Although it’s the second largest lake in Myanmar its name literally translates to small (le) lake (in). Le also means four and initially, there were only four villages around the body of water so perhaps that’s a more logical translation.
Beyond the floating water crops at Inle Lake, I was amazed to see tiny wooden boats overflowing with produce. It must have been a good day for harvesting chives when I was on the lake as I saw many farmers taking their bounty of chives to town on their narrow wooden boats.
Lotus flowers were first turned into a decadent textile to create lotus robes for monks known as Padonna Kyathingan. It’s believed that the silky fabric robes have the ability to ease the mind making meditation easier. To make a single robe for a monk requires 100 feet of fabric. To create that much cloth over 220,000 lotus stems is needed for the silk thread. To get the job done relatively quickly, in 10 days, it takes 60 skilled artisans!
For a small scarf 4,000 lotus plants must be used. It can be hand knit on a loom in a day, but the threads for the scarf could take up to 20 days to prepare. It’s no wonder that lotus silk can be up to 10x the price of regular silk and is one of the most expensive textiles in the world!
The Padonma Kyar is a large pink lotus flower that grows wild at Inle Lake and is in full bloom during the rainy season–the ideal time to harvest them to create the luxurious thread. The fiber from within the stem of the lotus to produce this rare fabric entirely by hand and typically use all-natural dyes making this fabric incredibly sustainable, eco-friendly, and cruelty-free. One by one the stems are broken and the fibers are manipulated and rolled to become threads. The fiber is almost transparent and appears wet and delicate but it’s actually incredibly dense and durable–I try but can’t pluck through it with my fingers.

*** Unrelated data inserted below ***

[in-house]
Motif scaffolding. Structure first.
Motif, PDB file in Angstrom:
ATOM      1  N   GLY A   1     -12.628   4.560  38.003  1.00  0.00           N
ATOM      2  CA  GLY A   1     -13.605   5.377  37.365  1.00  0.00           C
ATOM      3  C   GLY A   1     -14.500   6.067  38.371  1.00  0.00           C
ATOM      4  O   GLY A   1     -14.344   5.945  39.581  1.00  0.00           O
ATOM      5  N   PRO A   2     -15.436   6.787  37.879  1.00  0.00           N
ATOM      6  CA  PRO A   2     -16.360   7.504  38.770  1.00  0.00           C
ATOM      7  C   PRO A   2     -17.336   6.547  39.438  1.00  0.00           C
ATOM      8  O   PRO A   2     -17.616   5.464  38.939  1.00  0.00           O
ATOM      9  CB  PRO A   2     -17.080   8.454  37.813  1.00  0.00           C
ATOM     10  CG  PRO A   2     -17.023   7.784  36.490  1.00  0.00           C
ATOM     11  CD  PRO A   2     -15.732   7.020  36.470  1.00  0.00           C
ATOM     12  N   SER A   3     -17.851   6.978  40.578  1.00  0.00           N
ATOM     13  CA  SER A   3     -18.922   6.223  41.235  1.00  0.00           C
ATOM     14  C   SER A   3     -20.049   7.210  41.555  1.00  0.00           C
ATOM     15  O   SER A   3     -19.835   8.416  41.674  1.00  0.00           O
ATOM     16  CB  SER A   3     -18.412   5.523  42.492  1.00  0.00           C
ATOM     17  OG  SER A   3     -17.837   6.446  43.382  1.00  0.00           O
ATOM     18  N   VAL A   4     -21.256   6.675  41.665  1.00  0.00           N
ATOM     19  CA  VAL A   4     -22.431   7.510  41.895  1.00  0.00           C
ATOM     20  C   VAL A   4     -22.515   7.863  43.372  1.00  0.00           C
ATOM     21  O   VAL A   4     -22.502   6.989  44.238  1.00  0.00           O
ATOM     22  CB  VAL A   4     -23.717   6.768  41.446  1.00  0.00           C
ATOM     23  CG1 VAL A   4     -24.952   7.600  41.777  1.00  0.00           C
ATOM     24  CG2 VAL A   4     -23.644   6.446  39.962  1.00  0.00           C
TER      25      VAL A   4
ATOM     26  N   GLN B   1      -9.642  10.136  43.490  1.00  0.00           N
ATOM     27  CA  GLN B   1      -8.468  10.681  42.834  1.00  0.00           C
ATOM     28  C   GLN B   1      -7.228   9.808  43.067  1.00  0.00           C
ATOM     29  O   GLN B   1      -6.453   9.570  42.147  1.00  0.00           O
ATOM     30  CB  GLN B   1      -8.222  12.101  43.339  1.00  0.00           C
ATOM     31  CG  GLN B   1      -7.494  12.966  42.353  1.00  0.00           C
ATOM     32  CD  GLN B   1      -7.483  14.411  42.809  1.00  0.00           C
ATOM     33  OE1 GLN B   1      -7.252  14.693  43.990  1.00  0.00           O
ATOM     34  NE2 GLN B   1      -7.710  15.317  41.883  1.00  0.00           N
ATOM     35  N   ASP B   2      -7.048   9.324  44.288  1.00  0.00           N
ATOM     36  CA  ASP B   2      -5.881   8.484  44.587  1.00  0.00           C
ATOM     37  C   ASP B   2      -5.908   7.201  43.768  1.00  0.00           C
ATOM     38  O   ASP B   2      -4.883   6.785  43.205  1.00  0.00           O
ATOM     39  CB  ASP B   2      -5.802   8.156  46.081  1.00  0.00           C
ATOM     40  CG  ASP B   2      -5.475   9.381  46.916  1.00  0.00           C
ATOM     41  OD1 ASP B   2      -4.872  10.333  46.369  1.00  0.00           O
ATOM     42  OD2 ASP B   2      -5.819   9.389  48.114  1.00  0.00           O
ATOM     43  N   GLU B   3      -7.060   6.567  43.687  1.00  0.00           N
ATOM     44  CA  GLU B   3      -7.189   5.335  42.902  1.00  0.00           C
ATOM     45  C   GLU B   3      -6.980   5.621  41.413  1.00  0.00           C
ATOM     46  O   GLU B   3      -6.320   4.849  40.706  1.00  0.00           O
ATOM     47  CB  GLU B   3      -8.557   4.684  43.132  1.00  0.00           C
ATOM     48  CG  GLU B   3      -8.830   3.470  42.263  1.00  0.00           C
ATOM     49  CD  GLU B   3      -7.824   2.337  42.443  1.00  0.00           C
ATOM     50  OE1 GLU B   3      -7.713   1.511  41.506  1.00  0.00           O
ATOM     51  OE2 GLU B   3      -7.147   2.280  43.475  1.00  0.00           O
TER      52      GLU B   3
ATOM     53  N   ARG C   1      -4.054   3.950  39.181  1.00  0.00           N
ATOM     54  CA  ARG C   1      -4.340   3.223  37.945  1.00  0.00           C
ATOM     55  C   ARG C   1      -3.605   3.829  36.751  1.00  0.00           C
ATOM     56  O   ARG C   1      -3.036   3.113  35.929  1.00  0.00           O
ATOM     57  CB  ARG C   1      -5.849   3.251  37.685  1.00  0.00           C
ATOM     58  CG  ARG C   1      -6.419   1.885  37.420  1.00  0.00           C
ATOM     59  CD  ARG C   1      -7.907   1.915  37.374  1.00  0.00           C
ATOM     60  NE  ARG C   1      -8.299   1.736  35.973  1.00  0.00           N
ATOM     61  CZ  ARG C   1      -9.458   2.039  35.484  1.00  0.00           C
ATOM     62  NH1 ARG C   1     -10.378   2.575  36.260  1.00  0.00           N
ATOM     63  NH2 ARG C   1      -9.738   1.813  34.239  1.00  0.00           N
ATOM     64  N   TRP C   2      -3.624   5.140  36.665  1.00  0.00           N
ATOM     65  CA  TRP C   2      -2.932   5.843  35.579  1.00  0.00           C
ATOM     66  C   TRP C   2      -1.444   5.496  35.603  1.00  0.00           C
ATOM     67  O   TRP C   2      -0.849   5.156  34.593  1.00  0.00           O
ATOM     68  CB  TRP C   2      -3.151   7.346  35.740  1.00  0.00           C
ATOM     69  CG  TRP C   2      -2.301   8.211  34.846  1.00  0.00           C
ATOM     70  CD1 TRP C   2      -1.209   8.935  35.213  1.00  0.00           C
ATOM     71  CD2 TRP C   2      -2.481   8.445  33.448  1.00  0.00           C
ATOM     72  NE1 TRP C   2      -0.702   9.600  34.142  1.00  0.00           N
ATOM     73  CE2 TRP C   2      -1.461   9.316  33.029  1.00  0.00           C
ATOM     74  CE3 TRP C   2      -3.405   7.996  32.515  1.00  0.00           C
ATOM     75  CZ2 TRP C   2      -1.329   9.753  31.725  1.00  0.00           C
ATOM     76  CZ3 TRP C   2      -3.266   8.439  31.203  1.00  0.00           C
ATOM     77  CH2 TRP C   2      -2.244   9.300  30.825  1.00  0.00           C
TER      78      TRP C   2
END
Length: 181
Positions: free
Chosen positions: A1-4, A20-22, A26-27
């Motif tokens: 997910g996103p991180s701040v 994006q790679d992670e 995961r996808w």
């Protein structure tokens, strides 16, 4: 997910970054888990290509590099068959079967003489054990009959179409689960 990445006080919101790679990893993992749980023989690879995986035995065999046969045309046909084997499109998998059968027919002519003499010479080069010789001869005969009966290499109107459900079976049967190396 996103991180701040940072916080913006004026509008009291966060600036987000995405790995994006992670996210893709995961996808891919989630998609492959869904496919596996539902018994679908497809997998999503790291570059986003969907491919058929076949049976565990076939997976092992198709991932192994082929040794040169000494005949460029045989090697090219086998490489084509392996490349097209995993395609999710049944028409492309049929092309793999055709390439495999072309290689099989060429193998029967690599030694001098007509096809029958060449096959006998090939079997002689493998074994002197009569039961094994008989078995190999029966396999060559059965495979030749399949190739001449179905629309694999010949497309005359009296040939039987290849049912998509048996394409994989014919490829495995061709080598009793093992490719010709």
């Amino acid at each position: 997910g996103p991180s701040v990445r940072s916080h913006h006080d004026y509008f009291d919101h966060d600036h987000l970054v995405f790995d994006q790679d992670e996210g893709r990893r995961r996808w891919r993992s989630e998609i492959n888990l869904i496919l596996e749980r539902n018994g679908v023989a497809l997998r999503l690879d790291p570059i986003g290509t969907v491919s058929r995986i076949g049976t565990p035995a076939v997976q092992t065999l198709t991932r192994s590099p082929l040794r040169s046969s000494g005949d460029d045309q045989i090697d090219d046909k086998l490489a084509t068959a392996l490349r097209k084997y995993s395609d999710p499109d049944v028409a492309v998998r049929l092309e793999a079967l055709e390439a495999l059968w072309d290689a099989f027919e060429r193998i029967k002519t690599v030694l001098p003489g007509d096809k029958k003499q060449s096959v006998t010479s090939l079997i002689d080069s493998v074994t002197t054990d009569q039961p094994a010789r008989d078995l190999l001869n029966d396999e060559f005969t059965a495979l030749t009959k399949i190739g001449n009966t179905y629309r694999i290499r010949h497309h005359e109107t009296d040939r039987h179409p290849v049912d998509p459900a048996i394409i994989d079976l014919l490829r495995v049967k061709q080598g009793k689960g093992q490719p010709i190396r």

Beyond the expansive beautiful nature and rural way of life to witness at Inle Lake, there are also quite a few chances to learn about traditional handicrafts at various over-the-water workshops and cooperatives around the lake. These business are working to keep the unique cultural heritage alive. I was amazed to meet weavers that have a vegan method to create silk that I had never heard of before! I visited the Inle Treasure Hand Weaving Factory where I was shown the delicate process of Paw Khone lotus silk weaving.
For the quintessential Inle Lake experience it’s necessary to hire a boat from a local fisherman to take you on a tour. No matter where you go on your long-tail boat ride you’re sure to enjoy spectacular views around Inle Lake. Be respectful and don’t leave any waste or disrupt local life. Inle Lake is at-risk of ceasing to exist due to over-tourism and pollution. So much so that UNESCO has designated Inle Lake as a biosphere reserve to try to preserve the ecosystem.
When you start to hear rhythmic clacking sounds echoing over Inle Lake you know you must be approaching a silversmith workshop in the Ywama floating village. I visited the Aung Myint Mo Traditional Silversmith workshop and showroom. Yes, it’s a tourist trap. But you can politely decline the tea they offer and not buy anything if you wish. It's incredible to see the men at work manipulating tiny pieces of metal into beautiful pieces of jewelry.
A beautiful boat ride down the Indien Waterway took me through remote villages where I got short glimpses into the local lifestyle–monks washing their crimson robes in the river, massive water buffalo plowing land, and children gleefully playing along the banks of the water.